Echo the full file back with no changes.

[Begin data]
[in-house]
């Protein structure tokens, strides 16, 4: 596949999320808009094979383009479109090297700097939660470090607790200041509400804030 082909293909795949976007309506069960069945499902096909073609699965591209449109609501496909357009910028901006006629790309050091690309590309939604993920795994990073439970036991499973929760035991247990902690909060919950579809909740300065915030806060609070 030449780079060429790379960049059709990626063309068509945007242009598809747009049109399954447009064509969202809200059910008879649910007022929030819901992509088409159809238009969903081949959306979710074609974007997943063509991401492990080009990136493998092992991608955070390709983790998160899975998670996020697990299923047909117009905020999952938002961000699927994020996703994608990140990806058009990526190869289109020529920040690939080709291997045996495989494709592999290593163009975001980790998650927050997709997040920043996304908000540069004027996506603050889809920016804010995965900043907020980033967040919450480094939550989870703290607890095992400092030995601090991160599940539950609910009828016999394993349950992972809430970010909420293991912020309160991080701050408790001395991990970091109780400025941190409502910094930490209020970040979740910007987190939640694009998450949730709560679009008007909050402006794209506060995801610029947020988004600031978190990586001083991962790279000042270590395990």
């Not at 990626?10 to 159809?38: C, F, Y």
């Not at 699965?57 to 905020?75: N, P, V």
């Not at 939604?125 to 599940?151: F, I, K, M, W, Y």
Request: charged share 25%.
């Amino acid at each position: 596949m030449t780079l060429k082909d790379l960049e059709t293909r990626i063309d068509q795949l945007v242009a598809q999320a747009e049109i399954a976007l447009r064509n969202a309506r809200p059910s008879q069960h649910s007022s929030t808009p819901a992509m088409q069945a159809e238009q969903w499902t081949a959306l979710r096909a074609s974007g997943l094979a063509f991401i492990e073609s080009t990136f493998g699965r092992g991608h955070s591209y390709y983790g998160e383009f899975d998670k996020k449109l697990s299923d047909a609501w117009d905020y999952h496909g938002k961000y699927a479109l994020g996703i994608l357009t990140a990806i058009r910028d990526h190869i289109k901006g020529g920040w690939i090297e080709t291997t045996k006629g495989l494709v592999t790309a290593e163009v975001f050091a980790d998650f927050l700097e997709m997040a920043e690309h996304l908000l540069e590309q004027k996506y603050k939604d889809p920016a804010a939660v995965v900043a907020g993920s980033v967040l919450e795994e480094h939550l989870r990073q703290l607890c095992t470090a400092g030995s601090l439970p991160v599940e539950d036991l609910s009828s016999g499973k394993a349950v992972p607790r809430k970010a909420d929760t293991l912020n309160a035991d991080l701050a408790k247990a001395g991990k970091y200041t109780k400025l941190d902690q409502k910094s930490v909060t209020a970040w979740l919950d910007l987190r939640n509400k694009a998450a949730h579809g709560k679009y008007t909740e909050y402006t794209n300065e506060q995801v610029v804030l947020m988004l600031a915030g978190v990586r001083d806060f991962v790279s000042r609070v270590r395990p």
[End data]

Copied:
[in-house]
């Protein structure tokens, strides 16, 4: 596949999320808009094979383009479109090297700097939660470090607790200041509400804030 082909293909795949976007309506069960069945499902096909073609699965591209449109609501496909357009910028901006006629790309050091690309590309939604993920795994990073439970036991499973929760035991247990902690909060919950579809909740300065915030806060609070 030449780079060429790379960049059709990626063309068509945007242009598809747009049109399954447009064509969202809200059910008879649910007022929030819901992509088409159809238009969903081949959306979710074609974007997943063509991401492990080009990136493998092992991608955070390709983790998160899975998670996020697990299923047909117009905020999952938002961000699927994020996703994608990140990806058009990526190869289109020529920040690939080709291997045996495989494709592999290593163009975001980790998650927050997709997040920043996304908000540069004027996506603050889809920016804010995965900043907020980033967040919450480094939550989870703290607890095992400092030995601090991160599940539950609910009828016999394993349950992972809430970010909420293991912020309160991080701050408790001395991990970091109780400025941190409502910094930490209020970040979740910007987190939640694009998450949730709560679009008007909050402006794209506060995801610029947020988004600031978190990586001083991962790279000042270590395990």
């Not at 990626?10 to 159809?38: C, F, Y």
């Not at 699965?57 to 905020?75: N, P, V």
């Not at 939604?125 to 599940?151: F, I, K, M, W, Y």
Request: charged share 25%.
């Amino acid at each position: 596949m030449t780079l060429k082909d790379l960049e059709t293909r990626i063309d068509q795949l945007v242009a598809q999320a747009e049109i399954a976007l447009r064509n969202a309506r809200p059910s008879q069960h649910s007022s929030t808009p819901a992509m088409q069945a159809e238009q969903w499902t081949a959306l979710r096909a074609s974007g997943l094979a063509f991401i492990e073609s080009t990136f493998g699965r092992g991608h955070s591209y390709y983790g998160e383009f899975d998670k996020k449109l697990s299923d047909a609501w117009d905020y999952h496909g938002k961000y699927a479109l994020g996703i994608l357009t990140a990806i058009r910028d990526h190869i289109k901006g020529g920040w690939i090297e080709t291997t045996k006629g495989l494709v592999t790309a290593e163009v975001f050091a980790d998650f927050l700097e997709m997040a920043e690309h996304l908000l540069e590309q004027k996506y603050k939604d889809p920016a804010a939660v995965v900043a907020g993920s980033v967040l919450e795994e480094h939550l989870r990073q703290l607890c095992t470090a400092g030995s601090l439970p991160v599940e539950d036991l609910s009828s016999g499973k394993a349950v992972p607790r809430k970010a909420d929760t293991l912020n309160a035991d991080l701050a408790k247990a001395g991990k970091y200041t109780k400025l941190d902690q409502k910094s930490v909060t209020a970040w979740l919950d910007l987190r939640n509400k694009a998450a949730h579809g709560k679009y008007t909740e909050y402006t794209n300065e506060q995801v610029v804030l947020m988004l600031a915030g978190v990586r001083d806060f991962v790279s000042r609070v270590r395990p």